Fluvastatin should be discontinued immediately if an unplanned pregnancy occurs during treatment.

Patient Education

What is this drug used for?

• It is used to lower bad cholesterol and raise good cholesterol (HDL).

• It is used to lower triglycerides.

• It is used to slow the progress of heart disease.

• It may be given to you for other reasons. Talk with the doctor.

All drugs may cause side effects. However, many people have no side effects or only have minor side effects. Call your doctor or get medical help if any of these side effects or any other side effects bother you or do not go away:

• Abdominal pain

• Nausea

• Loss of strength and energy

• Diarrhea

• Trouble sleeping

• Flu-like symptoms

WARNING/CAUTION: Even though it may be rare, some people may have very bad and sometimes deadly side effects when taking a drug. Tell your doctor or get medical help right away if you have any of the following signs or symptoms that may be related to a very bad side effect:

• Liver problems like dark urine, fatigue, lack of appetite, nausea, abdominal pain, light-colored stools, vomiting, or yellow skin

• Severe headache

• Change in balance

• Trouble with memory

• Confusion

• Unable to pass urine

• Change in amount of urination

• Painful urination

• Severe muscle pain

• Severe muscle weakness

• Severe muscle tenderness

• Signs of an allergic reaction, like rash; hives; itching; red, swollen, blistered, or peeling skin with or without fever; wheezing; tightness in the chest or throat; trouble breathing, swallowing, or talking; unusual hoarseness; or swelling of the mouth, face, lips, tongue, or throat.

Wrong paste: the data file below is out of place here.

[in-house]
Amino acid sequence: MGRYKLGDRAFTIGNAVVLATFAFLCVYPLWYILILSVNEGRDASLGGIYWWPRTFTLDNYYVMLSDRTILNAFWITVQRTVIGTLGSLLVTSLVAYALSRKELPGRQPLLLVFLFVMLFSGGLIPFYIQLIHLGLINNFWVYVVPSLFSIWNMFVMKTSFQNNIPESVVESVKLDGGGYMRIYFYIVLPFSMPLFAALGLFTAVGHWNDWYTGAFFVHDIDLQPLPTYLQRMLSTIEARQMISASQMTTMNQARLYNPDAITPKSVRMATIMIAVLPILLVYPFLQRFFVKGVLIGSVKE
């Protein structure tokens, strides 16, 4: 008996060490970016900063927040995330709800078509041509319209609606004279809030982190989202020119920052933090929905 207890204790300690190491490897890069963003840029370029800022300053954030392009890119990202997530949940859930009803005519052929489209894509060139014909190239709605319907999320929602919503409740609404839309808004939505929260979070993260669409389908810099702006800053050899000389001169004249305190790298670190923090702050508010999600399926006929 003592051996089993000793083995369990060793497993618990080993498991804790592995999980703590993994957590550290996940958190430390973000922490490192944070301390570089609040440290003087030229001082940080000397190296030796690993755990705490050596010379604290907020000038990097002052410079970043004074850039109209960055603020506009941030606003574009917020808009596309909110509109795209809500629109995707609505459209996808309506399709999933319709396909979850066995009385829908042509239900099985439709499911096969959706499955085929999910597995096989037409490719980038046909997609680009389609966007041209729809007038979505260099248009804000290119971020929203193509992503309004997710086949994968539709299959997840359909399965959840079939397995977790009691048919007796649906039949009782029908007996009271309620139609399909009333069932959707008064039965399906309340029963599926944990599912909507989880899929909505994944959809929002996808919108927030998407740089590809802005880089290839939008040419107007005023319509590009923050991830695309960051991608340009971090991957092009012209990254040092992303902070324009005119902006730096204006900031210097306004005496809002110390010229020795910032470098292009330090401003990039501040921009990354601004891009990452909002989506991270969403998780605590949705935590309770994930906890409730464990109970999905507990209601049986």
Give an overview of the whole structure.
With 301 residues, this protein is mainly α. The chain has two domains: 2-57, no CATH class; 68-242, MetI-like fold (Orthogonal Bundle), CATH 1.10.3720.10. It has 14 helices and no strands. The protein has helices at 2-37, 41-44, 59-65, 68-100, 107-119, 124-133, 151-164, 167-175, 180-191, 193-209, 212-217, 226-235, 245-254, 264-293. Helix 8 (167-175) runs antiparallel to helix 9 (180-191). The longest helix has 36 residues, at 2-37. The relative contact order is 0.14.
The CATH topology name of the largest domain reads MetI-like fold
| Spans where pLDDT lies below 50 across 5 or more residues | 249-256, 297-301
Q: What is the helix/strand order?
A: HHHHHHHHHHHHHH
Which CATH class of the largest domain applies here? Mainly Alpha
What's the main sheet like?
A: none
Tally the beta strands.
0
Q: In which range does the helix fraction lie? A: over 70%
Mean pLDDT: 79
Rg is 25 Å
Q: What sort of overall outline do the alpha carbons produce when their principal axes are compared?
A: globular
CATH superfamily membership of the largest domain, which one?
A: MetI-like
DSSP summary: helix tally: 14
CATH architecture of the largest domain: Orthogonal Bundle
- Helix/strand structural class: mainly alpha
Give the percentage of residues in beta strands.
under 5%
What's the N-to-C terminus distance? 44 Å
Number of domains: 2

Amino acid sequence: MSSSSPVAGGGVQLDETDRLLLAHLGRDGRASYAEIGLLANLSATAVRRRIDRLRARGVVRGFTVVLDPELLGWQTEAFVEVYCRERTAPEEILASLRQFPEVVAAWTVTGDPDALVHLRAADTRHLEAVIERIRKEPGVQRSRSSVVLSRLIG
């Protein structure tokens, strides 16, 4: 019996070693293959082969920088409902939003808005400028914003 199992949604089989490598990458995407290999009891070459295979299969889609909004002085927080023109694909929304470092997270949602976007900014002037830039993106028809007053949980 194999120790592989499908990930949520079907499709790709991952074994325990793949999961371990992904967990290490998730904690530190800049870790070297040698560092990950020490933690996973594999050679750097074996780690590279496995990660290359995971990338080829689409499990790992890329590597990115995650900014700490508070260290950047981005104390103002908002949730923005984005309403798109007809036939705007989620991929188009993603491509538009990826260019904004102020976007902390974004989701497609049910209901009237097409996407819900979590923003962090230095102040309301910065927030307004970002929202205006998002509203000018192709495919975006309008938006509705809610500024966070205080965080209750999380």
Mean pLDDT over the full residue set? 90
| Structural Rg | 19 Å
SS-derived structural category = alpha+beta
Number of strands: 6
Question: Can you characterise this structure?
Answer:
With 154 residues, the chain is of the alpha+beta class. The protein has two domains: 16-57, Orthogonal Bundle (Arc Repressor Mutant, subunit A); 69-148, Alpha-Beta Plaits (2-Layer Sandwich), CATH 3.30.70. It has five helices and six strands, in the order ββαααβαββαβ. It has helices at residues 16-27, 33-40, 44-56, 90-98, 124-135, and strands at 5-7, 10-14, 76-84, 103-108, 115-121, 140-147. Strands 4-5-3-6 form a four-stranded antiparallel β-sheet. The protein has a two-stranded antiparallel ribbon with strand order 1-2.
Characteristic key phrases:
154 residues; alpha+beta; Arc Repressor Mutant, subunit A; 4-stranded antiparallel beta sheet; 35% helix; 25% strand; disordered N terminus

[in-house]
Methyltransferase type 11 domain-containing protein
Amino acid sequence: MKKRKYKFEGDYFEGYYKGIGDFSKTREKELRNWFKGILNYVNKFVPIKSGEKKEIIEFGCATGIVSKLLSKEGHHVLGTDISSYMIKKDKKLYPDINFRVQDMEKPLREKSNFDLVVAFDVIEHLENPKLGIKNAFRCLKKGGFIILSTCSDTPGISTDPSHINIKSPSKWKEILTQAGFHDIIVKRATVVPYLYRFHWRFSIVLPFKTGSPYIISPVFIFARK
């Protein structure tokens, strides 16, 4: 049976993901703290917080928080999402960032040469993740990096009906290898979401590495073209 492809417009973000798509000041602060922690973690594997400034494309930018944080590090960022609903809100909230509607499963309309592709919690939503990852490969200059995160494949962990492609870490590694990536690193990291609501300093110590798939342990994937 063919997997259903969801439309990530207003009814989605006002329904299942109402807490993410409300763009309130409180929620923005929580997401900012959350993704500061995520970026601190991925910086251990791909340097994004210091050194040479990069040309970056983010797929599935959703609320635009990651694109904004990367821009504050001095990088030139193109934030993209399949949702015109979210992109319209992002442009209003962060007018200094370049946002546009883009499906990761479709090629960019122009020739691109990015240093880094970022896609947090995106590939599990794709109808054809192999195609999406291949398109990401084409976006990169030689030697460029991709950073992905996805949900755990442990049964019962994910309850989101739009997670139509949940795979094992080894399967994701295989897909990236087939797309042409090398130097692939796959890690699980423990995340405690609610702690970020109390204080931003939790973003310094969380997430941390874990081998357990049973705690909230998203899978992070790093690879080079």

Note: This is not a comprehensive list of all side effects. Talk to your doctor if you have questions.

Consumer Information Use and Disclaimer: This information should not be used to decide whether or not to take this medicine or any other medicine. Only the healthcare provider has the knowledge and training to decide which medicines are right for a specific patient. This information does not endorse any medicine as safe, effective, or approved for treating any patient or health condition. This is only a limited summary of general information about the medicine's uses from the patient education leaflet and is not intended to be comprehensive. This limited summary does NOT include all information available about the possible uses, directions, warnings, precautions, interactions, adverse effects, or risks that may apply to this medicine. This information is not intended to provide medical advice, diagnosis or treatment and does not replace information you receive from the healthcare provider. For a more detailed summary of information about the risks and benefits of using this medicine, please speak with your healthcare provider and review the entire patient education leaflet.

Further information